K: And now 12 years later your first, long-awaited album is dropping. I don’t know how many times I called you to pressure you to go into the studio to record. I’m so happy it’s here.
Z: You’ve been pushing me to do what I love. I don’t know what I’ve been waiting for. Now I have a soulful album dropping! How did you feel when I decided to go on my own, and no longer be your backup singer and dancer?
K: I always wanted you to grow and go your own way. As much as I loved working with you, I wouldn’t want to be that sister who ties you down to my dreams. I would have felt as if I’d cheated you out of your own destiny. I wanted you to flourish in your own career. Don’t cry, it’s going to make me cry too!
Z: [Crying] This is an emotional moment. Do you worry about me getting into the industry?
K: Not really, because you’ve had 12 years of experience in this game. But I am concerned that you have a laid-back and soft personality. In this shrewd industry, where people can be vultures, it might be easy for people to push you over. I have learned to fight and push back. So if push comes to shove, I will fight on your behalf.
Z: During my years of working with you I’ve witnessed so much…
K: I’ve had my fair share of crazy fans. I’ve had people collapse and cry in my presence, and throw a glass at me as I was getting off stage that has left scars on my neck.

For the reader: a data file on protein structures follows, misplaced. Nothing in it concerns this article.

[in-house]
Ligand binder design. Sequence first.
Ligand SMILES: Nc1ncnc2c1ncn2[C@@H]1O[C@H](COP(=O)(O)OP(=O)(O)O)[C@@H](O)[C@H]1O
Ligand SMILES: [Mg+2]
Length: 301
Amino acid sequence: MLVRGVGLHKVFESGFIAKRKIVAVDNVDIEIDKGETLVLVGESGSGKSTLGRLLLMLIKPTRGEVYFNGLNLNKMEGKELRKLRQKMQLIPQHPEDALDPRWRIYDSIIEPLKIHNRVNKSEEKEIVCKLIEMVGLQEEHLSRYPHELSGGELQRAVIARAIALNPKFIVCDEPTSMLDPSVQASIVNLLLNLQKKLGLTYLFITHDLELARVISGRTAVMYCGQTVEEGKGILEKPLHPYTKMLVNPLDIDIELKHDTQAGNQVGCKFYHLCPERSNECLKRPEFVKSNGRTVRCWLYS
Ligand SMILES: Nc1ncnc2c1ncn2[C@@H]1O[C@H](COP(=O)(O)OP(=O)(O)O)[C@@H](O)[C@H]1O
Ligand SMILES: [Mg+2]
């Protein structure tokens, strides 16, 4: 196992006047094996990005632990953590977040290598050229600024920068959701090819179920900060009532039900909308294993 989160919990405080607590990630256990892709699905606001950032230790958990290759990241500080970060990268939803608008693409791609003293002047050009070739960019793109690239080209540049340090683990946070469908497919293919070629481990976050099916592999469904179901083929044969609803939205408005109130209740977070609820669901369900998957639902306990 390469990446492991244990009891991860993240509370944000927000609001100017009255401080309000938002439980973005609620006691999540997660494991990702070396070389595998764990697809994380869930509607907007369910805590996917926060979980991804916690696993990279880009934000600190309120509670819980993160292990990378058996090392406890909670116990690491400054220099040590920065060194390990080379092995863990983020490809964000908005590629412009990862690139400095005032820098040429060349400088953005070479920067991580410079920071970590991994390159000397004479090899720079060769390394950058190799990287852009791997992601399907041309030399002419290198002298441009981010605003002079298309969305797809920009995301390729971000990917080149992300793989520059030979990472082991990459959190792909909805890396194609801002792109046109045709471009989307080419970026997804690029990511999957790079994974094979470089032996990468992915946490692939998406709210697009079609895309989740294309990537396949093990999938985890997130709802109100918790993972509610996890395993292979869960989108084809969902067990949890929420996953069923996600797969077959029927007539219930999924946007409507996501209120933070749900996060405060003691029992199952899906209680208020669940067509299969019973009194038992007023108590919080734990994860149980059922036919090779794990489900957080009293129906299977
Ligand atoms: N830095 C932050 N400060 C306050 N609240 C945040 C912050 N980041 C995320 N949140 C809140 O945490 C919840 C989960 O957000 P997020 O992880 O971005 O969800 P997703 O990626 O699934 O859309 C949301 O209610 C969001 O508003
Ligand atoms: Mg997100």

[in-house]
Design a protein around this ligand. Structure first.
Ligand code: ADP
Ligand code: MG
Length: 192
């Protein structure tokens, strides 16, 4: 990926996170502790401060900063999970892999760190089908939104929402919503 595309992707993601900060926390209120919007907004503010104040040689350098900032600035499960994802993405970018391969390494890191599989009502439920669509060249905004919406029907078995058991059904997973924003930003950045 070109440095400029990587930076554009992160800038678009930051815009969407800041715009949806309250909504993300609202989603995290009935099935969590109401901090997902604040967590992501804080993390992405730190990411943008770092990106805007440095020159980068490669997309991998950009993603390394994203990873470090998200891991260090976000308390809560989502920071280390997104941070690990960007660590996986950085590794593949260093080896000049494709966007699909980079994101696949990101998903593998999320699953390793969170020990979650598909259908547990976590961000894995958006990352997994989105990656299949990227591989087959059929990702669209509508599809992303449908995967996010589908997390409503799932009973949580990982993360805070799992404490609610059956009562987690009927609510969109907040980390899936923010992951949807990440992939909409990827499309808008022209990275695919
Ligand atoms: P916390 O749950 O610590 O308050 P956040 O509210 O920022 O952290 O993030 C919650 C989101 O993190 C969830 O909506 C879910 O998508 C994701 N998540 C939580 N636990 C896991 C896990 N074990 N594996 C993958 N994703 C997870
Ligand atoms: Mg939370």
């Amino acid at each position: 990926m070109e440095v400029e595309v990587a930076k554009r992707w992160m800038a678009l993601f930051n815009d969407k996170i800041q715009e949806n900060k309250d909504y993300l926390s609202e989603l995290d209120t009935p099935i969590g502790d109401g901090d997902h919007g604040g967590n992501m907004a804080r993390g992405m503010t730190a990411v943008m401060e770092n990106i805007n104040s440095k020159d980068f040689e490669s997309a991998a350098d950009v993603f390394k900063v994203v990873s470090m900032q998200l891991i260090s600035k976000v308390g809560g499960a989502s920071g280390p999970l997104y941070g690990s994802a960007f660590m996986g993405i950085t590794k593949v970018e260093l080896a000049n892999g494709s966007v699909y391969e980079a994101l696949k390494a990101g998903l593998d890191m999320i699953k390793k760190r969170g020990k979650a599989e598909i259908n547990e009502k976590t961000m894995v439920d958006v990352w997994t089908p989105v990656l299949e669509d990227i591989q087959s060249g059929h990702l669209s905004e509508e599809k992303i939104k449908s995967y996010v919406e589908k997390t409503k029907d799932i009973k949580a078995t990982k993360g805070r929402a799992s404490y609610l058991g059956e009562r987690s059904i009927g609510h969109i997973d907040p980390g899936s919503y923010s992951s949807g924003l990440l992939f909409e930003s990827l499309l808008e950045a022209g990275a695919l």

Z: What about dealing with negative social media comments?
K: I actually don’t care. It’s that simple for me. I’m running my own race, which is more important than what the next person thinks of me. People trying to pull me down have nothing to do with me. I see comments on social media, people share stuff with me and tag me in posts. I untag myself, block what I don’t like and carry on with my life.
Z: What advice do you have for me about going into the entertainment industry?
K: Be yourself.
Z: I always try to see the positive in everything. Not many people have the privilege of having a sister lend a hand and say, climb up. But people do expect us to be measured on the same scale.
K: That’s unfair because you can’t compare my 12 years and seven albums to your first single and album. It’s very challenging for siblings to be in the same industry because it’s easy for people to compare them. They forget that as much as you’re from the same family, you’re different individuals.
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Z: OK, now that we’re here, I’ve always wanted to ask you something…
K: [Laughs] Now that you’re the journalist.
Z: Yes! I’ve been exposed to three different Kellys. Kelly at home. Kelly before she goes on stage. And Kelly on stage. What goes through your mind during these stages?
K: I also experience very different people and I never know who’s going to come out. Before a show, I prep, prep, prep. And I’m nervous about everything. I make sure I don’t forget anything. It’s a panic. Backstage I’m super nervous; I’m about to crumble and die! In my mind I’m thinking, ‘What if I forget the words? What if I trip and fall? What if people don’t like me?’ This is me 12 years later.